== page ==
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Broker to Broker: What the New Rate Hike Means to Your Business

November 29, 2022
by Chris Teague
Sept. 20, 2020
Last updated: November 29, 2022

The information on this page is provided for the benefit of mortgage professionals and not intended for consumers or the general public.

In September, US News reported that minutes released from the Federal Reserve’s meeting that month indicated that the Fed plans to continue raising interest rates in its attempt to curb inflation, and, in the November meeting, that held true with another increase announced.

Several participants underlined the need to maintain a restrictive stance for as long as necessary,” the US News article stated the September minutes read, “with a couple of these participants stressing that historical experience demonstrated the danger of prematurely ending periods of tight monetary policy designed to bring down inflation.”

Sustained higher interest rates aren’t ideal for mortgage professionals, but here are a few reasons to look on the bright side.

Property Prices Are Coming Down

In addition to stabilizing the economy, rising interest rates on mortgages tend to be balanced by falling housing prices. We’ve witnessed a historic boom in real estate prices over the past two and a half years as an effect of a tightening market during 2020 COVID-19 lockdowns.

In July, average home prices came down for the first time in three years, according to analytics firm Black Knight, as CNBC reports. The decline was 0.77%, the largest decline in home prices since 2011. That’s a sign the housing market is leveling out, and demand for mortgages will remain steady.

Non-Traditional Borrowers Are Still Borrowing

With employment strong and demand for housing remaining high, we’re still seeing a high demand for mortgages from non-traditional borrowers, including:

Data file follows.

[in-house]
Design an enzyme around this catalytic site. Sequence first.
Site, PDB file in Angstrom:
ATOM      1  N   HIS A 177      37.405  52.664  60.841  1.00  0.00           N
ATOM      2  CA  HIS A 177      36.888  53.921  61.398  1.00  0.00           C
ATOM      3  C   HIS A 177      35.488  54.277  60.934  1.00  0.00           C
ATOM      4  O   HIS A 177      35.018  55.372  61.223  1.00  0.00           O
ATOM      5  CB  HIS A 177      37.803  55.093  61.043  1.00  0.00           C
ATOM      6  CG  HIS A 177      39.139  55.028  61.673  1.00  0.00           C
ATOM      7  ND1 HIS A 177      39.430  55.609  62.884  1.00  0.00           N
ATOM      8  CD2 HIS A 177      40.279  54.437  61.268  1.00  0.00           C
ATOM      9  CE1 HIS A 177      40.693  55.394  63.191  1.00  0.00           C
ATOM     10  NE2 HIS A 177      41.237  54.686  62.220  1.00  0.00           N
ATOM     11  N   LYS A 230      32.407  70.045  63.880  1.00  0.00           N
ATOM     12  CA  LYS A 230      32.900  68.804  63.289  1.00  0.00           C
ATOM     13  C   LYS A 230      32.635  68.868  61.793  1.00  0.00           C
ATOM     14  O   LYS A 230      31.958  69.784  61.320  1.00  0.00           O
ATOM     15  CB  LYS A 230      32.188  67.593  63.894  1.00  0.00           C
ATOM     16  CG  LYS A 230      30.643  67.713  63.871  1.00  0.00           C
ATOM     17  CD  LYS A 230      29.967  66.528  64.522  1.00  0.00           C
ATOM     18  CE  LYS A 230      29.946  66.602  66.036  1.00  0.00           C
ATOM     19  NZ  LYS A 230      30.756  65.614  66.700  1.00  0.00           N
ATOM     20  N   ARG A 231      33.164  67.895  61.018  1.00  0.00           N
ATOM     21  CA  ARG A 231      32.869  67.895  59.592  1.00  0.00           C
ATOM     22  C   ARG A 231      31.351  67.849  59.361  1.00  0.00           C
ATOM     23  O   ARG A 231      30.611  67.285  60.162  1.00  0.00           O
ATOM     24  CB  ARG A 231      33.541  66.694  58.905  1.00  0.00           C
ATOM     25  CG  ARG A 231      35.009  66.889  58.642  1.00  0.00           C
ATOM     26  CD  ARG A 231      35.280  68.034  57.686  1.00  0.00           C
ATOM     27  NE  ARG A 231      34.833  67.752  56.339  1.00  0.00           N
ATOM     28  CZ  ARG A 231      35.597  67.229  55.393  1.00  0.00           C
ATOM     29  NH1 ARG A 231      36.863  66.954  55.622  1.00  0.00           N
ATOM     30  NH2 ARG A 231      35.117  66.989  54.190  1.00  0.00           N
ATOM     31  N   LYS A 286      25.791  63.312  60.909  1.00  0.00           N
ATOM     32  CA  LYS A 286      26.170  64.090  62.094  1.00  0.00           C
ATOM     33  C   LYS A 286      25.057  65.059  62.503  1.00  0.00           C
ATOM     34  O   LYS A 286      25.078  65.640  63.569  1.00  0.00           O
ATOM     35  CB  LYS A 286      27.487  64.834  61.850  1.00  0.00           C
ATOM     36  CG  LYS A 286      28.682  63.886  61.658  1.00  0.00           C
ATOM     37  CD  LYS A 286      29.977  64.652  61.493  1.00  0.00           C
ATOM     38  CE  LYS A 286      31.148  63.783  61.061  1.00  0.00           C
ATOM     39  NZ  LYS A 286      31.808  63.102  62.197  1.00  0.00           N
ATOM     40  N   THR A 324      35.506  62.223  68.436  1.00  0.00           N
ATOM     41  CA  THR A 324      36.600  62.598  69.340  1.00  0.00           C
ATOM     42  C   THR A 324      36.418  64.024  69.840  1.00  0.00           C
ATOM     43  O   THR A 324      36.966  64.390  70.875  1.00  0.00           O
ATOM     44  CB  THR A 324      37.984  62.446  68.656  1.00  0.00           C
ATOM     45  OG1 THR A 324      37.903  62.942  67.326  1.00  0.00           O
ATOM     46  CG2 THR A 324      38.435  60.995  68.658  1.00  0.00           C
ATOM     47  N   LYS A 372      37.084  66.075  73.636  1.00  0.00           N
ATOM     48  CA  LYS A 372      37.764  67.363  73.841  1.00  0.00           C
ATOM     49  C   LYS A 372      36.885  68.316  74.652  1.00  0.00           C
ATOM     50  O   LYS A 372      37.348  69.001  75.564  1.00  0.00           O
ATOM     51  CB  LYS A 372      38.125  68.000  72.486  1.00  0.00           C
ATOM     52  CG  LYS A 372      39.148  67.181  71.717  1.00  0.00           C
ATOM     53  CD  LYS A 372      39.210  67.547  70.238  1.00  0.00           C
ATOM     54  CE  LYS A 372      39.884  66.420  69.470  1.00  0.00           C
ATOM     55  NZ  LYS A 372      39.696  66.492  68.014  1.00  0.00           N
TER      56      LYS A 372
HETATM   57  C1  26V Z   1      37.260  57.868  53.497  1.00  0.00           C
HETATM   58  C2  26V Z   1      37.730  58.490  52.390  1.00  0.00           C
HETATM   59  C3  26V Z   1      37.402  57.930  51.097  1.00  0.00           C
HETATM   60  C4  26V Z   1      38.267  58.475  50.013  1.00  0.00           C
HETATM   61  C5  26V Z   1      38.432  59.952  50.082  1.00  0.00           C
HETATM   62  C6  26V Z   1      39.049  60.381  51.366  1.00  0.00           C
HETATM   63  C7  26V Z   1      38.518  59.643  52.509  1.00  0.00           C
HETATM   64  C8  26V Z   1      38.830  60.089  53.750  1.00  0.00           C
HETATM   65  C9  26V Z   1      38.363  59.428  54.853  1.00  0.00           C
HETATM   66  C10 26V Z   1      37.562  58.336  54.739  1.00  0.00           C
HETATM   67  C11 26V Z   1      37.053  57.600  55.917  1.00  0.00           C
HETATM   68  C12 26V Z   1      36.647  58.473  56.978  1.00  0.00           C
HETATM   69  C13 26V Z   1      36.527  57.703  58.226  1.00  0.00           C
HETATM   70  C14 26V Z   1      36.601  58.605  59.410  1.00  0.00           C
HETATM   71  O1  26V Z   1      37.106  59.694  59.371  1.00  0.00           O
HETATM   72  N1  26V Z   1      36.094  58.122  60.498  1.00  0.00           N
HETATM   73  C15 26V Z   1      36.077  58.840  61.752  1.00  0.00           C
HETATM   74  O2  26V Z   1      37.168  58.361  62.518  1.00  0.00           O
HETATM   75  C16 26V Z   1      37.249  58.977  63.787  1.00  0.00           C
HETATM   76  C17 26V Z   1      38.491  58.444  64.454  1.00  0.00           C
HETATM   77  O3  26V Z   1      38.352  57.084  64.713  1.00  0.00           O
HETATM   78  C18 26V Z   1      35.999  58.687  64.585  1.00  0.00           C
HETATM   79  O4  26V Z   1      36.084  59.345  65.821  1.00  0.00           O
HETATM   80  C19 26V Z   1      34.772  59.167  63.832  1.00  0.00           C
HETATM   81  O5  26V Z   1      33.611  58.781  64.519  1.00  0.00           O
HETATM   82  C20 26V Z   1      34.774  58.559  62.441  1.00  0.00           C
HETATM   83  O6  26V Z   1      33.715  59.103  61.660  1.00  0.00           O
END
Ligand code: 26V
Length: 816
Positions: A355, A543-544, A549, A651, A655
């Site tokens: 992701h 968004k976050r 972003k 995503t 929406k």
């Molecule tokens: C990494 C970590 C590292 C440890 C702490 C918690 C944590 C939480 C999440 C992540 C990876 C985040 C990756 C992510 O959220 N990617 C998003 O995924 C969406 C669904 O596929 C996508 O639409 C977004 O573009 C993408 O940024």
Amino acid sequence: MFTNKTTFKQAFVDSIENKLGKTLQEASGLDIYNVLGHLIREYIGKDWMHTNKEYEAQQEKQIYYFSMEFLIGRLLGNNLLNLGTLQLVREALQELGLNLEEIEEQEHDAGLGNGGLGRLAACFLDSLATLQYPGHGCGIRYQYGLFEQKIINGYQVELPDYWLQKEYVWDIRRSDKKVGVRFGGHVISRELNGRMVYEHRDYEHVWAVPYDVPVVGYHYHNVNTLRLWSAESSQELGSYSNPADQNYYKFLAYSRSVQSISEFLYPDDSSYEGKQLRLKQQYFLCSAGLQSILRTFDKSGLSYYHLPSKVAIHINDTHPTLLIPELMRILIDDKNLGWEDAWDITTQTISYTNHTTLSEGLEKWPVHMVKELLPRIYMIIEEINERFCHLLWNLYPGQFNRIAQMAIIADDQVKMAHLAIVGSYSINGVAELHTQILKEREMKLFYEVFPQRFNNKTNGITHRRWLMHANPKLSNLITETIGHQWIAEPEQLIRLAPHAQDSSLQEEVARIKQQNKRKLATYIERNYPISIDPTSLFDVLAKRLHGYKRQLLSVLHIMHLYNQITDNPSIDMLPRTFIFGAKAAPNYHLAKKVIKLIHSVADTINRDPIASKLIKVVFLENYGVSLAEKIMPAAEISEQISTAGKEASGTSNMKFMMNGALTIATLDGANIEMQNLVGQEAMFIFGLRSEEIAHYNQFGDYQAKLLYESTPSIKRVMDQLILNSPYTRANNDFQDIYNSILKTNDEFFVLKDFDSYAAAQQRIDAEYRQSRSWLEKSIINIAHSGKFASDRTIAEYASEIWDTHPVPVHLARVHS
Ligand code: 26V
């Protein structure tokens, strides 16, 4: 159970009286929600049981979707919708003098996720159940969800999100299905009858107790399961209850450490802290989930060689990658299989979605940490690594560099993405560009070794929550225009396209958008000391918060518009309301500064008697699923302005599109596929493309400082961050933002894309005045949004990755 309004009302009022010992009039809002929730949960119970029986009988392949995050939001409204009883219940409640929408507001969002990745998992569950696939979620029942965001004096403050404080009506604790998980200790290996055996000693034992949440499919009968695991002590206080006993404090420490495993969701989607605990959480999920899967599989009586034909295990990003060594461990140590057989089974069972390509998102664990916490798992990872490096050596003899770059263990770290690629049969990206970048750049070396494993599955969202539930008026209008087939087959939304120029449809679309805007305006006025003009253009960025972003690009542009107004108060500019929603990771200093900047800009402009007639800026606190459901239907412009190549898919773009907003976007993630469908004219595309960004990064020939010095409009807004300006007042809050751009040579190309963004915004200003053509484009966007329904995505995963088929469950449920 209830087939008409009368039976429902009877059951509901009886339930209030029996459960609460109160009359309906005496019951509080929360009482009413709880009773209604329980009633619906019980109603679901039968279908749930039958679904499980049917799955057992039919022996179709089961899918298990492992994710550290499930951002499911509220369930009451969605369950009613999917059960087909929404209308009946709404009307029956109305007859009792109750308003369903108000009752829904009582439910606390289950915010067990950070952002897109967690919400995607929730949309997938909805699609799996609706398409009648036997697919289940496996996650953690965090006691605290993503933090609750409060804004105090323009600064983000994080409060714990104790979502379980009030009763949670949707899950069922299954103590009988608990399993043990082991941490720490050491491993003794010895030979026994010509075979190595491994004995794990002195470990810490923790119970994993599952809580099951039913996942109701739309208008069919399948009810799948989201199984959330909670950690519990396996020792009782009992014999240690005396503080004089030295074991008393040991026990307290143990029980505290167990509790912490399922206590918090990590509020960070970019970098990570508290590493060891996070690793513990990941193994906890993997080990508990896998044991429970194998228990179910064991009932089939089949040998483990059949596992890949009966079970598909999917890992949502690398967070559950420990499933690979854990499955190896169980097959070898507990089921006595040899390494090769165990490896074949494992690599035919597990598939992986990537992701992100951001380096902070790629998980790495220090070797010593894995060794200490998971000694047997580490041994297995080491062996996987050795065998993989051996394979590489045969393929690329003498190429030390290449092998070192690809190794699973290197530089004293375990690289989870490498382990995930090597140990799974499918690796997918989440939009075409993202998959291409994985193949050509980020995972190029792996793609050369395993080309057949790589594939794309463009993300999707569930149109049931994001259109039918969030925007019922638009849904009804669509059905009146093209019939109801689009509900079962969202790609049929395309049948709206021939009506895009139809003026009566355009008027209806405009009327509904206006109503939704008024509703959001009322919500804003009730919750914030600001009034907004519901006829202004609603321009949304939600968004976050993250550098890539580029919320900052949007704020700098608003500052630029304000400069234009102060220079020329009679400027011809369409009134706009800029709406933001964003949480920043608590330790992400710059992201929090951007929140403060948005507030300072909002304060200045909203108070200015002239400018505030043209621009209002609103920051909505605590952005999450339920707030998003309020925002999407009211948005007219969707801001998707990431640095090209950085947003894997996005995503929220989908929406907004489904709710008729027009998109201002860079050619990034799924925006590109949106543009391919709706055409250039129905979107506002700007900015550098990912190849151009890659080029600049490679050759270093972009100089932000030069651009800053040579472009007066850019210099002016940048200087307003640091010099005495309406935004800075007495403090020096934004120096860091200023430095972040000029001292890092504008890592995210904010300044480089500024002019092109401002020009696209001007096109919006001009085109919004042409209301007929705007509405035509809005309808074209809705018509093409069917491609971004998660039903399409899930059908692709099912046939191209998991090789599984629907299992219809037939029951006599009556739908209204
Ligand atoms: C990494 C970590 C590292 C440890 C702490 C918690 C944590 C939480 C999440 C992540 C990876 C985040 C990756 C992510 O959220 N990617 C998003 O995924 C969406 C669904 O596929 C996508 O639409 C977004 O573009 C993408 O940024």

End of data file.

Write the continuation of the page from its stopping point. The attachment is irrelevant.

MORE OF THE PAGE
• Self-employed borrowers.
  • Immigrants.
  • Foreign nationals.

These borrowers are traditionally underserved by financial institutions and have a need for lenders that understand their unique financial circumstances. If you have borrowers who are self-employed, immigrants or foreign nationals who have the means but not the documentation required to receive a conventional mortgage, Quontic’s Community Development Loans can help you serve them.

As a certified community development financial institution (CDFI), it’s our mission to expand access to mortgage loans to those underserved communities. Our alternative mortgage offerings include:

  • Lite Doc: Verify income and assets without requiring tax returns or W-2s.
  • Asset Utilization: Use the current balances in your bank account to qualify. No employment verification required.
  • Bank Statement Program: Verify income based on the regular business deposits made to your bank account.

As a CDFI, all of our alternative mortgage programs allow the borrower to use gift funds to pay 100% of the down payment and closing costs. Borrowers may qualify with credit scores as low as 640 and a debt-to-income ratio up to 50%.

Fed rate hikes make flashy headlines and put a lot of people in a panic, but it’s not all bad news. As unemployment remains low and housing prices level out, borrower demand remains strong, and we’re here to help you continue to serve your clients.

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